This animation shows how the Atlas V will launch, from ignition and lift-off, to the rocket leaving Earth, the separation of the solid rocket boosters, followed by two Centaur upper stage firings, then the separation of the Centaur itself. Once the payload fairing opens, the OSIRIS-REx will separate from the rocket, open its solar arrays and begin its two-year journey to Bennu. (Credit: NASA's Goddard Space Flight Center)

The Atlas V rocket that will launch OSIRIS-REx to the asteroid Bennu is currently being assembled at NASA's Kennedy Space Center. OSIRIS-REx is slated for lift-off from the Cape Canaveral Air Force Station in Florida on September 8, 2016, at 7:05 p.m. EDT (4:05 p.m. PDT). The mission has a 34-day launch window.

Mission to Bennu: On September 13, meet the Canadians behind NASA's OSIRIS-REx asteroid sample return mission

Canadian-built laser mapping system takes aim at an asteroid

Credit: NASA

On September 8, 2016, an Atlas V rocket will lift off from the Kennedy Space Center in Cape Canaveral, Florida, propelling the OSIRIS-REx robotic explorer on a 7-year journey to return a piece of the asteroid Bennu to Earth.

OSIRIS-REx will seek answers to some of the most fundamental questions central to the human experience: Where did we come from? What is our destiny? Since asteroids are remnants left over from the formation of the planets, Bennu may hold tantalizing clues to the earliest history of our solar system. The 500-metre wide Bennu is also one of the most potentially hazardous celestial objects known to humanity, with a relatively high risk of striking Earth late in the 22nd century.

OSIRIS-REx will probe Bennu's physical and chemical properties, and gain critical information to help determine its exact trajectory. The spacecraft's made-in-Canada laser—the most sophisticated ever sent into space—will make a 3D map of the asteroid and sleuth out the best sites for a sample that will return to Earth in 2024.

On Tuesday, September 13, 2016, join the Canadian Space Agency and the Royal Ontario Museum for an evening with the scientists and engineers behind OSIRIS-REx as they return to Canada just days after the mission's launch. Learn more about their quest to study Bennu and how Canada is contributing to the mission.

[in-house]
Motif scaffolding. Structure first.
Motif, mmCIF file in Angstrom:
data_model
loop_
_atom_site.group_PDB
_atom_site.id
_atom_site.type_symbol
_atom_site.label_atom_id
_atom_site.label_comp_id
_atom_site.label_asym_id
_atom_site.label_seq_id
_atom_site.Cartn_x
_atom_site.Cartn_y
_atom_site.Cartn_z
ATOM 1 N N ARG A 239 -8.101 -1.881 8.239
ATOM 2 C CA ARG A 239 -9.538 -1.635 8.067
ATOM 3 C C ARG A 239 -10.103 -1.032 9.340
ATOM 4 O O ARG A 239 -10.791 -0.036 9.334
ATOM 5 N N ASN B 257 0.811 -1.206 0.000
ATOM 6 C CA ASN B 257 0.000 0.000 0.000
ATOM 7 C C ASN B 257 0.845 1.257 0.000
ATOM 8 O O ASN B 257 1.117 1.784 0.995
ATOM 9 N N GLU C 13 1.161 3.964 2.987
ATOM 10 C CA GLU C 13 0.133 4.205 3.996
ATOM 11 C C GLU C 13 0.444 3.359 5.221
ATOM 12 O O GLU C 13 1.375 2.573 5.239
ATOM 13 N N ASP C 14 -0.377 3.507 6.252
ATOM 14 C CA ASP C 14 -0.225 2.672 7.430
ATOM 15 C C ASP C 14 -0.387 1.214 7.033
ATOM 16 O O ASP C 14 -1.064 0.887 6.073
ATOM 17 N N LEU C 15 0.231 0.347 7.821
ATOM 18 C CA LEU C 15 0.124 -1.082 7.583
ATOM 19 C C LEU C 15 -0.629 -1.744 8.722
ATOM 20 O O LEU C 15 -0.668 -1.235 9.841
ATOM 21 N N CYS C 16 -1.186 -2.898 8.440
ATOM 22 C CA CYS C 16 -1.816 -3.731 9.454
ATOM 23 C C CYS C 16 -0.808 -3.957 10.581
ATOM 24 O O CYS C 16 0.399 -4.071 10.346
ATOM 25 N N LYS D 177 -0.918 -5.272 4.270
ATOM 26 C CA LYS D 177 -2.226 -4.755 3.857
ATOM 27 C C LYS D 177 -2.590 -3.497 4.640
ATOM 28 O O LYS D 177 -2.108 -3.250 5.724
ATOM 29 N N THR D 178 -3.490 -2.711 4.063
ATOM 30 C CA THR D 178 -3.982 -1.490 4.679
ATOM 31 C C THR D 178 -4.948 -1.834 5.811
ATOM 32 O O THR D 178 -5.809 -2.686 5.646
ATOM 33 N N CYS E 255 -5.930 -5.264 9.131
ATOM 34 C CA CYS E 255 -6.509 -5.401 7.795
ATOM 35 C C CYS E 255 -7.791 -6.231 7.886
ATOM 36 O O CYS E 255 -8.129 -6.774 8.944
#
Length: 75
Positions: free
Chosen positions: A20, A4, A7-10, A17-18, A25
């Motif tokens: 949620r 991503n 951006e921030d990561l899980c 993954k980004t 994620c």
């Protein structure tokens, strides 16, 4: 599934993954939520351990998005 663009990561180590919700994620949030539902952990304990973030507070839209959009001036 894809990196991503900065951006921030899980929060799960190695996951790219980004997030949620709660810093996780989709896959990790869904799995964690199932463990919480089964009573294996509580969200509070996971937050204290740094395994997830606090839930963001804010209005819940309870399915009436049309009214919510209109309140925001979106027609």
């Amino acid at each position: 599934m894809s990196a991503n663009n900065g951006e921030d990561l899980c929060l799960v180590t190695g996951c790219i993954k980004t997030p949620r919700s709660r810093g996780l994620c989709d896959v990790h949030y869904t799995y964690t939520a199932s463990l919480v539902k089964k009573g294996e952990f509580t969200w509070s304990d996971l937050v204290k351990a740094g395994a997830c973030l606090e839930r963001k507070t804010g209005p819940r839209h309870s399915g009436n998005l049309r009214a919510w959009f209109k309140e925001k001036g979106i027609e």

Speakers:
Dr. Mike Daly, York University
Imran Aslam, MDA
Dr. Tim Haltigin, Canadian Space Agency

Panelists:
Dr. Ed Cloutis, University of Winnipeg
Jim Freemantle, York University
Dr. Rebecca Ghent, University of Toronto
Dr. Kim Tait, Royal Ontario Museum

Moderator: Ziya Tong, Co-host of Discovery Channel's Daily Planet

Canadian-built laser mapping system takes aim at an asteroid

A technician prepares the OLA

Credits: NASA / Goddard / Debora McCallum

The Canadian Space Agency (CSA) has delivered its contribution to NASA's OSIRIS-REx mission: the Canadian-built OSIRIS-REx Laser Altimeter (OLA).

OSIRIS-REx will study Bennu, an asteroid that has the potential to impact the Earth in the late 2100s. It is Canada's first international mission to return a sample from an asteroid to Earth.

OLA is a sophisticated laser-based mapping system built for the CSA by MacDonald, Dettwiler and Associates Ltd. and their partner, Optech. It will create unprecedented 3D maps of Bennu to help the mission team select a site from which to collect a sample.

In exchange for OLA, the CSA will own a portion of the returned sample, which will be studied by Canadian scientists.

OLA has arrived at the Lockheed Martin Space Systems facilities near Denver, Colorado. In the coming months, OLA will be integrated onto the spacecraft and undergo spacecraft-level testing in preparation for launch in September 2016.